Focus on User-centered Design; It’s Not About the Title or The Org Chart
In the wake of some high-profile departures of communications leaders, PR Week asks whether communications and marketing should be separate or combined.&nb
In the wake of some high-profile departures of communications leaders, PR Week asks whether communications and marketing should be separate or combined. That question misses the point. What consumer and employees want is an authentic conversation on their terms.
The communications executives quoted in the article rightly point out that the role for the head of communications has changed with so many new expectations and channels.
For too long, most companies shoehorned communications under marketing, where the advertising folks tried to squeeze the marketing slogan of the day into every sentence of communications. That strategy was only marginally successful with journalists and it’s really not successful now that consumers and employees have so many places to find information.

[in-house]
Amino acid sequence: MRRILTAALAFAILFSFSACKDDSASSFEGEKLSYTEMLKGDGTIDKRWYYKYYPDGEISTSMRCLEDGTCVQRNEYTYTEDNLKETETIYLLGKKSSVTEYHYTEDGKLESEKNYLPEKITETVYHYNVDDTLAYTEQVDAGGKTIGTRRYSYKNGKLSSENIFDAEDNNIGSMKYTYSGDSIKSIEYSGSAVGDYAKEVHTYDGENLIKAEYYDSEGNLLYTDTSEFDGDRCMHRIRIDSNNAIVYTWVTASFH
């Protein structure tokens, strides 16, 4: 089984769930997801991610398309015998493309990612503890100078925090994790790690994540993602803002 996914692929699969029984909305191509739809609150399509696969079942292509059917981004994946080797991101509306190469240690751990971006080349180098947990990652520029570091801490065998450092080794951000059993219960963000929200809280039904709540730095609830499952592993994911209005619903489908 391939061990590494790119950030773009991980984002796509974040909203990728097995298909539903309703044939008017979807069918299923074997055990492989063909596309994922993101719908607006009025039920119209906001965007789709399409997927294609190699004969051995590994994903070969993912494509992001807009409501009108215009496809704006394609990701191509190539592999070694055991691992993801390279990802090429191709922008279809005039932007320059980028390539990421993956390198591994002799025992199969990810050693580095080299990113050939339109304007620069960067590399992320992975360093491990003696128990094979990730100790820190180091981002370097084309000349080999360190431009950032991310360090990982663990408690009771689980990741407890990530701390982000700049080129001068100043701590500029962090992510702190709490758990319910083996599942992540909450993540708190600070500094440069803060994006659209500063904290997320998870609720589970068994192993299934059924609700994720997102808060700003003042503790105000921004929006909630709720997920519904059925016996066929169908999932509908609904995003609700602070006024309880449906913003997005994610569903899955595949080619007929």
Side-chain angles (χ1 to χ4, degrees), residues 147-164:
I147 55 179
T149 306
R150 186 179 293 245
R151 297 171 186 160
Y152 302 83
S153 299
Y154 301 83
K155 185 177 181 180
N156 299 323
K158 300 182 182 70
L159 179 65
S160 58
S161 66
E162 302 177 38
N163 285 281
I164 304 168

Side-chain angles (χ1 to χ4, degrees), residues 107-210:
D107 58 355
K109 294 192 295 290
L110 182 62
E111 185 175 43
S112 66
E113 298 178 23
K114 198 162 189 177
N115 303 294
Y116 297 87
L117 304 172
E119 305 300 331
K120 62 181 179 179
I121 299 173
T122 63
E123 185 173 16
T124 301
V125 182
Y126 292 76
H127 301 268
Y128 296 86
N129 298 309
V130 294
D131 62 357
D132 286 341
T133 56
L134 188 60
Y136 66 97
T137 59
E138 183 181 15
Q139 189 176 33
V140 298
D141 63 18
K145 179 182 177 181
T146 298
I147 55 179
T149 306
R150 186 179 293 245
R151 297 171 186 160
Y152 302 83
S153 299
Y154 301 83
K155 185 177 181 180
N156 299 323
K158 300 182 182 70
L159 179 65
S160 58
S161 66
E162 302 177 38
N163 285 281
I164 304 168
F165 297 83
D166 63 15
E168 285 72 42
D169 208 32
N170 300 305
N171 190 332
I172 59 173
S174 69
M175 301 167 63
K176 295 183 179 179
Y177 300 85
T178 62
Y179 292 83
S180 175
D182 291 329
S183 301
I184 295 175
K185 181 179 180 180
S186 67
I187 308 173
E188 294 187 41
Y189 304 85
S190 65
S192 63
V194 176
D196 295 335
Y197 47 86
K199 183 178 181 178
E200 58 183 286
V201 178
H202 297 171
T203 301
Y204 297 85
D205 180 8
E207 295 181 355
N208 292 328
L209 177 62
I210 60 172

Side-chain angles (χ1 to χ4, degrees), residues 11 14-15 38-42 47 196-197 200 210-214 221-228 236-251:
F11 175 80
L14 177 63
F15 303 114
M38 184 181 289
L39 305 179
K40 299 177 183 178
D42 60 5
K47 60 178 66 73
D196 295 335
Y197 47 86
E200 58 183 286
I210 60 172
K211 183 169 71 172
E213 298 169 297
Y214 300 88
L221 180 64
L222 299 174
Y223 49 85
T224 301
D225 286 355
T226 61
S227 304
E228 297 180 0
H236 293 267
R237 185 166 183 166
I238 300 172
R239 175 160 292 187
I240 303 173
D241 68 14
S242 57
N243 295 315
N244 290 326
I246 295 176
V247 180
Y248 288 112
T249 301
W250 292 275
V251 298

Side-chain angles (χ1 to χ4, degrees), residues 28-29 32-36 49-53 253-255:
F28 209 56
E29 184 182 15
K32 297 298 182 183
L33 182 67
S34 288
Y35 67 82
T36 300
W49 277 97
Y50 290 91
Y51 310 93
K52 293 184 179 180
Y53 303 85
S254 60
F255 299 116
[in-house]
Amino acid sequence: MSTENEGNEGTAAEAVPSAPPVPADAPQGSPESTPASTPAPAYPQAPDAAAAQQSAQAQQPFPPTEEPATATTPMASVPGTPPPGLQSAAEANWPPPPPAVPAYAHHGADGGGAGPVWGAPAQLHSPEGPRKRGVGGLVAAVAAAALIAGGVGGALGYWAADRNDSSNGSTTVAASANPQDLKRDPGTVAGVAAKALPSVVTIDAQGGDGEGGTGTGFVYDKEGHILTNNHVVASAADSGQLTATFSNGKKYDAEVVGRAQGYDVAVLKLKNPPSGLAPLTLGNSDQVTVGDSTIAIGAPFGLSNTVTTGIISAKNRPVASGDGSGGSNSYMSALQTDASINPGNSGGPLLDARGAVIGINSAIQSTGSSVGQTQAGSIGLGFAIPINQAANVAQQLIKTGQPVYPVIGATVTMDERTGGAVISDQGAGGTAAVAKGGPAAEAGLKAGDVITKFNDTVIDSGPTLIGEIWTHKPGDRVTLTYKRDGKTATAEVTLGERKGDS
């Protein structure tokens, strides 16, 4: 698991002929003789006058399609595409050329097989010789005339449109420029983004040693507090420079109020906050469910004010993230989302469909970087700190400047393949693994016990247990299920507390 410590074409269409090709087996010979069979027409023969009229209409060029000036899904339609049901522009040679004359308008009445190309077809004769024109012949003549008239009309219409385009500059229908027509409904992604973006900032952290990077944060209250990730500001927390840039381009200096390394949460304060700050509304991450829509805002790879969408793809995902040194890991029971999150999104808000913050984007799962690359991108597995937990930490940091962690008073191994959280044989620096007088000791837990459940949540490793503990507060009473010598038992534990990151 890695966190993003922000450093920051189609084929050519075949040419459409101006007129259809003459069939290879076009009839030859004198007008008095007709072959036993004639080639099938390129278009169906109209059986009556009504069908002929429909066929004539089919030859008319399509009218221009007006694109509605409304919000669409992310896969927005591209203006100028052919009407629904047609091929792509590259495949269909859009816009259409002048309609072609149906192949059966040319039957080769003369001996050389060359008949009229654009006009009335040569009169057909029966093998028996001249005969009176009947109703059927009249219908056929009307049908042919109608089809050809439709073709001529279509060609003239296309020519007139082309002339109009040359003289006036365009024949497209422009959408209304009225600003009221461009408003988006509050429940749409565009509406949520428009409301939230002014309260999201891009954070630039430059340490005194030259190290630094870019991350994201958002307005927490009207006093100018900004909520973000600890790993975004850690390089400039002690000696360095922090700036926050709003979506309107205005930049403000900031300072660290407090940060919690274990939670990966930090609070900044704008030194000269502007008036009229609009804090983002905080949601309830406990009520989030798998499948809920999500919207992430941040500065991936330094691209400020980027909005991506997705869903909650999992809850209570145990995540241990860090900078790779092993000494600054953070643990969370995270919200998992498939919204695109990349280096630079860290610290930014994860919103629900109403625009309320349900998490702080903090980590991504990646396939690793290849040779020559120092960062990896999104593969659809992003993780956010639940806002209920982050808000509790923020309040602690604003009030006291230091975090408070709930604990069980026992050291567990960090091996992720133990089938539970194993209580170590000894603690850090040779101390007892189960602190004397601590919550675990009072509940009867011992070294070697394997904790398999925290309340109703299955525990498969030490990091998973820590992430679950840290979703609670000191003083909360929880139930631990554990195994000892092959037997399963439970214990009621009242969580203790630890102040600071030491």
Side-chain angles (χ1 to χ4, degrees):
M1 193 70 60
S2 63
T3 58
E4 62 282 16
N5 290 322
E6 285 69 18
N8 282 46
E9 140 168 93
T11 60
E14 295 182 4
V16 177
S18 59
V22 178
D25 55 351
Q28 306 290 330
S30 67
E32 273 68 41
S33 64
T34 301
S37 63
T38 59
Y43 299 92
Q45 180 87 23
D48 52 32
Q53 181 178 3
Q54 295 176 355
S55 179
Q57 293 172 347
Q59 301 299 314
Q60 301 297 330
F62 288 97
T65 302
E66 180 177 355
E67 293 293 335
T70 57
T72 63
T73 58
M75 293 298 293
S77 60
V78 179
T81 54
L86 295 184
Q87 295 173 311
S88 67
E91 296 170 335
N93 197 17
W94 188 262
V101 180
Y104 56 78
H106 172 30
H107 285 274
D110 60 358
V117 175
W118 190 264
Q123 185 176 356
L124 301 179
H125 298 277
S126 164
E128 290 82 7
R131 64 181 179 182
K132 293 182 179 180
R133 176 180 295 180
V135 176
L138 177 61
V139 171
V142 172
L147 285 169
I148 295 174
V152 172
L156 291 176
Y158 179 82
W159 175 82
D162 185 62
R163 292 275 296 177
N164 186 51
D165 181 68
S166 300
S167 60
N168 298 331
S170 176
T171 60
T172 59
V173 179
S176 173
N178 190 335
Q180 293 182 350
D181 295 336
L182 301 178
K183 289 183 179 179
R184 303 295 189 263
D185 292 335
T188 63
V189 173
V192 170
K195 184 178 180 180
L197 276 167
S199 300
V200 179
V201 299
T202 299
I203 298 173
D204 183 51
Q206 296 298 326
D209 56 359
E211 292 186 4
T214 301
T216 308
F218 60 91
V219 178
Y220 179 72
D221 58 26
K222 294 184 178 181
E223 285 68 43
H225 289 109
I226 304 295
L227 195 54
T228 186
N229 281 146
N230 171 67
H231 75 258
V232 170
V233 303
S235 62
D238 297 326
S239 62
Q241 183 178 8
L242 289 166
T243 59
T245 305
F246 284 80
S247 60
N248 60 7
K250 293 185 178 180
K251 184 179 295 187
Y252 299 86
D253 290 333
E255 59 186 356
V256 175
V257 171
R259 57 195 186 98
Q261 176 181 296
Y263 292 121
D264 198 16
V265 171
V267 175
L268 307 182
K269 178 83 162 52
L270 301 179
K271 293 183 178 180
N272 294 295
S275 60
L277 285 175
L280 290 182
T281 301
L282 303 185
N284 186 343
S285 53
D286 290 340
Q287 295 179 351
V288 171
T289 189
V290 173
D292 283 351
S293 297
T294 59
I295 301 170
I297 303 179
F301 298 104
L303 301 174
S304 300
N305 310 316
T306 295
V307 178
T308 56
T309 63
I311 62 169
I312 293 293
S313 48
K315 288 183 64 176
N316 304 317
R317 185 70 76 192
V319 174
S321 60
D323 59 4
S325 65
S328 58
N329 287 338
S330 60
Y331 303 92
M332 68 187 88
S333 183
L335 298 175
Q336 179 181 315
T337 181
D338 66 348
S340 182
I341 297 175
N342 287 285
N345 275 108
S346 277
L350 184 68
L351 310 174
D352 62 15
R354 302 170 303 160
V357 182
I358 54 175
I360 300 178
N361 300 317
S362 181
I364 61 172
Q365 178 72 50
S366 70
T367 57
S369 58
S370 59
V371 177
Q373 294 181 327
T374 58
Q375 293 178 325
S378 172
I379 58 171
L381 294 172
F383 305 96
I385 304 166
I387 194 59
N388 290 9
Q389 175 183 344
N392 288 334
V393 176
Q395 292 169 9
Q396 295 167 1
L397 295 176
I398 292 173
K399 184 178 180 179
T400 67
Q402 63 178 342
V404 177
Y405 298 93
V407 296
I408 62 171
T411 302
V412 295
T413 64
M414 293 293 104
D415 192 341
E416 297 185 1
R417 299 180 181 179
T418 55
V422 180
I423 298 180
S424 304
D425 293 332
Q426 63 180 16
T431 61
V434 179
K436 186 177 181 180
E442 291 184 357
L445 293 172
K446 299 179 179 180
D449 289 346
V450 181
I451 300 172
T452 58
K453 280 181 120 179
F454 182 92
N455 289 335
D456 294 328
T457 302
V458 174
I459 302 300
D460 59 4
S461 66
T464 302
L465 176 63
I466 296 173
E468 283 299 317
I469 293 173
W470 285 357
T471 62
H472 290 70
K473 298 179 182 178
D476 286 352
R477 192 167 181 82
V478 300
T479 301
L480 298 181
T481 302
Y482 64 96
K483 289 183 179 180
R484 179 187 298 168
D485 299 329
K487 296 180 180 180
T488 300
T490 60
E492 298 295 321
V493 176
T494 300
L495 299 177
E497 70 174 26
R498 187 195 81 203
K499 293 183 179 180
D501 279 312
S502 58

Both communications and marketing need to stop looking at the org chart and at what features, functions, events, and products they can pitch. The smart communications executives know it’s vital to start looking at the world through their customers’ and employees’ eyes.
Our clients are often surprised by the amount of time we schedule for understanding the audience, but it’s that user-centered discovery that is so important to the success of most of our projects. We want to know what questions your customers are asking and what motivates them. We get insight from knowing what consumers are hearing, saying, and thinking.
That discovery is just as significant for internal communications as it is for external audiences. Like customers, employees want to genuinely engage. User-centered design is essential for companies to get heard.
Maybe the title should be Chief Consumer Officer or Chief Employee Listener and they should both be focused on the user.